Eye Removal – What Are My Options?

We had an email this week from someone with a damaged blind eye. She had several concerns about having the eye removed and being fitted with an artificial eye.

The first question was about how noticable the artificial eye would be. She was also wondering what sort of movement could be expected from an artificial eye. Her last concern was about whether the operation is painful. We thought her questions might be relevent to others so here is how we answered her email.

There are two options. The first is to have a haptic lens made which is a shell that fits over the existing eye. With the lens, the iris would be aligned with the good eye and the movement is usually very good. This option isn’t suitable for everyone. If the eye is extra sensitive or the volume of the eye is too great then it is more advisable to go for option two. We would really need to see you to assess if you would be suitable for a haptic lens.

The other option is enucleation or evisceration – this is where the blind globe is surgically removed and replaced with a surgical implant. The muscles are attached to the implant which in turn gives movement to the eye prosthesis. The prosthesis sits over the implant and is held in place by the eyelids. The movement is usually pretty good but generally not as efficient as a haptic lens.

An evisceration is similar to an enucleation. With an enucleation the globe is removed. In the case of an evisceration the contents of the globe are removed. There is much debate over which is the better one – we can’t answer that.

Recovery from surgery depends on several factors. We have heard many different explanations of the pain. Some people say it was easily managed while other people tell us they required stronger medications to manage. The pain can last anywhere from a couple of days to a couple of weeks. The swelling is usually pretty settled within four weeks.

We have produced a information leaflet on Going Home After Surgery Basically we recommend you give yourself a chance to heal. No heavy lifting and plenty of rest. You won’t be back to work for at least two weeks and most people take longer than that. We can make up a temporary eye prosthesis which is placed in the socket straight after surgery.

We would be happy for you to drop in for an assessment and chat. I hope this helps you to understand your options a bit better.

More information on Emotional Response To Eye Loss.

21 Responses to “Eye Removal – What Are My Options?”

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  1. Avatar for tahira tahira says:

    I have unequal eyes by birth. i will be very thank full to you , if you can tell me is there any other option other than artificial eye for my case like any permanent surgery . i don’t really like artificial eye as it does not give a natural movement to the eye

    • Avatar for Jenny Jenny says:

      I am afraid that there is no surgery that will make both eyes the same again. I presume you where born with micro ophthalmia in one eye. Usually a custom made haptic lens (which is a thin solid lens much like an artificial eye, that sits over the existing globe) does pick up most of the movement from the eye behind.

      Have you had a lens made for you before? If you have been wearing a lens, have you ever filmed the movement of the prosthesis? It is a strange anomaly that someone wearing an artificial eye cannot see the movement by looking in the mirror. We have surprised many people by filming them and replaying the movement to them.

  2. Avatar for Eyes Eyes says:

    Hi Jenny

    What is the realism/lifelike-ness of the artificial eyes? Are the convincing enough to look real by the majority of people?

    And one last question is, what is the texture of the artificial eye like? Is it hard, soft, gel like, glass like?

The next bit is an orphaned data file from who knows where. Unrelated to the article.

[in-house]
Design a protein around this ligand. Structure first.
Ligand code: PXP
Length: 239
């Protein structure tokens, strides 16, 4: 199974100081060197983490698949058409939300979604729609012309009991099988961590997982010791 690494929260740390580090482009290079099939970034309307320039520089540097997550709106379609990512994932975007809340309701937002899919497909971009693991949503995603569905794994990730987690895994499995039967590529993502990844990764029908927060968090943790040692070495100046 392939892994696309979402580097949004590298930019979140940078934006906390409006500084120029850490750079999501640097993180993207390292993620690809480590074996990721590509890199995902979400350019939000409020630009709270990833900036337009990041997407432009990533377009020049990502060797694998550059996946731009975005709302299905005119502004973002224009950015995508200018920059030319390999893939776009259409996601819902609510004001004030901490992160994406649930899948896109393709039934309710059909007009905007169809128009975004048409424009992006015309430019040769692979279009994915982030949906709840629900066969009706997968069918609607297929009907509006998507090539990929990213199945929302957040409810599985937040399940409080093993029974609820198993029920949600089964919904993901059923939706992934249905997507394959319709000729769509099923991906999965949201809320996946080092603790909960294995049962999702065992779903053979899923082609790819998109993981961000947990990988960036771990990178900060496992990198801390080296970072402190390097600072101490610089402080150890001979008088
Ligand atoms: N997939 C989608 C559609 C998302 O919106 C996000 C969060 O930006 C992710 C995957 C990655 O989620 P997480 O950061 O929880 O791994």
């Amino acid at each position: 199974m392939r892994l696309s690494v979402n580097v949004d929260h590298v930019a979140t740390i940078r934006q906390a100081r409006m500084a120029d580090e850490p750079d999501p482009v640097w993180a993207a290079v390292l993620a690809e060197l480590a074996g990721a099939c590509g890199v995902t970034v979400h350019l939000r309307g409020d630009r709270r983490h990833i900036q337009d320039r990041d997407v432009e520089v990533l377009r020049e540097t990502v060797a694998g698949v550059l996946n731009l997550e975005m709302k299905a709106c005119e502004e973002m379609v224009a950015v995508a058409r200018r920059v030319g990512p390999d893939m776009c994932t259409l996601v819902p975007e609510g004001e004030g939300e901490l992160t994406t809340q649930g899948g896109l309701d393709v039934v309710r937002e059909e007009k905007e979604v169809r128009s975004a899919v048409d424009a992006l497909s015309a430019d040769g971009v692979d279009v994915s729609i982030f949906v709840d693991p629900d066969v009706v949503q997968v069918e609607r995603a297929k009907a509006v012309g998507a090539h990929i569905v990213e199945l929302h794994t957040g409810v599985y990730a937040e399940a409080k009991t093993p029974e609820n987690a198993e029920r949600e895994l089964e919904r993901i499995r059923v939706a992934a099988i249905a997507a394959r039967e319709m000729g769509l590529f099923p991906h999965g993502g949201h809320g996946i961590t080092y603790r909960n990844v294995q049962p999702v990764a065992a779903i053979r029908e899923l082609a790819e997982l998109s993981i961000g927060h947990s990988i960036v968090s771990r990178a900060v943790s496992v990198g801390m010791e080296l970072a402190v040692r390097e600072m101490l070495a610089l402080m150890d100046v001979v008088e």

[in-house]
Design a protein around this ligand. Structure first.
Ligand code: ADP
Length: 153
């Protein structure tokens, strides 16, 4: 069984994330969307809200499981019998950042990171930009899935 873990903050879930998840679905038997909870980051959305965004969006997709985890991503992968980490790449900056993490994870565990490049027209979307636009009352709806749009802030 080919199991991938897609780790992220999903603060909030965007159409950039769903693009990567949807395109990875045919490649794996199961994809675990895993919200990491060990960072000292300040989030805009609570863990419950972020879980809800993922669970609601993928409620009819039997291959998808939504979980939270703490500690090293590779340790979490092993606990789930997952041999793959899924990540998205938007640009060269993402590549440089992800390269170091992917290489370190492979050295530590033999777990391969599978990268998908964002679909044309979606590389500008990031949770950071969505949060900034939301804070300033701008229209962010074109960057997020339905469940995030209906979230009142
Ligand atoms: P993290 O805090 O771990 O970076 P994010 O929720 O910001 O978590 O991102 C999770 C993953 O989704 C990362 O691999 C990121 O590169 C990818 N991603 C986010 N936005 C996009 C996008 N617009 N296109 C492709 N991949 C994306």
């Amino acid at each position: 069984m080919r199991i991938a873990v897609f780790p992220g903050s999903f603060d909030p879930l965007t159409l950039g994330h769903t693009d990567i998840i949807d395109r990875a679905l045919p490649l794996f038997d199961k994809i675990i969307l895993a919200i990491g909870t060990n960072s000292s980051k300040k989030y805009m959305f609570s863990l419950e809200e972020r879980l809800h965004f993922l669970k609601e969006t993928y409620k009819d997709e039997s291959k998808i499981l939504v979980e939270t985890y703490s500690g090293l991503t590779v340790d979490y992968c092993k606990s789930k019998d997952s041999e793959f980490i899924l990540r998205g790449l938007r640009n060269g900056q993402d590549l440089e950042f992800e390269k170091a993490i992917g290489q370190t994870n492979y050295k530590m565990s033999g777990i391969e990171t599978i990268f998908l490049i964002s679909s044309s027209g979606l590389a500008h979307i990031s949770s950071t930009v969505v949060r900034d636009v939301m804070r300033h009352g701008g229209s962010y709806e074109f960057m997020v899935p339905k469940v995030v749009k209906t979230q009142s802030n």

• Avatar for Jenny Jenny says:

      The artificial eyes are made from PMMA(poly methyl methacrylate acrylic). It is a heat cured dental grade plastic. They are very hard and can be polished to a high glassy sheen. In the majority of cases the eye prostheses are realistic and fool most of the people most of the time. Because of the nature of the operation most eye prostheses pick up quite natural movement. They certainly have good conversational movement however most do not move to the extremes of the eye socket. There is a good explanation of the operation on http://www.artificialeyes.net

  3. Avatar for Kolby Kolby says:

    I have been wearing a scleral shell in my left eye for nearly five years. I had my right eye removed in september of 2009, and I will have my left eye removed within the next month. I was born four months premature, and my eye condition is known as retinopathy of prematurity. I have been wearing my ocular prosthesis in my right eye since october 2009, and no one can tell that I cannot see. I love my ocularist, and I know that he will match my ocular prosthesis for my left eye to my ocular prosthesis in my right eye perfectly. The most difficult thing for me about having my right eye removed was the emotional roller coaster, and I know that I will experience the same thing when I have my left eye removed. A strong support system helps for sure, and talking to people who have been through the same thing helps too. No one can truly understand what you are going through unless they have been where you are themselves.

  4. Avatar for Patti Patti says:

    I am facing the same prospect of having my left eye removed. I was born three months early and am 40 years old. I am having headaches, eye pain, and my glaucoma pressure went up to 89. I truthfully am scared. Though I want the pain to be gone, and all that I have light perception in the eye that is in trouble. My right eye is the weaker of the two.
    Has anyone experienced dizziness with high eye pressure? I am so unsure of what to expect, but know that it will feel better in the end.

    Thanks for reading,
    Please feel free to email me at: delaware.shells@gmail.com

    • Avatar for Jenny Jenny says:

      I have come across a woman recently who has fought for ten years to save a damaged and painful eye. She finally had it removed a few weeks ago although she still felt unready to face the prospect. I know from other accounts from clients of ours that she will ultimately be thankful for the relief of pressure and pain. She will be able to carry on a better social and working life with an eye prosthesis which will appear a lot more natural and comfortable then the eye that has caused her so much grief.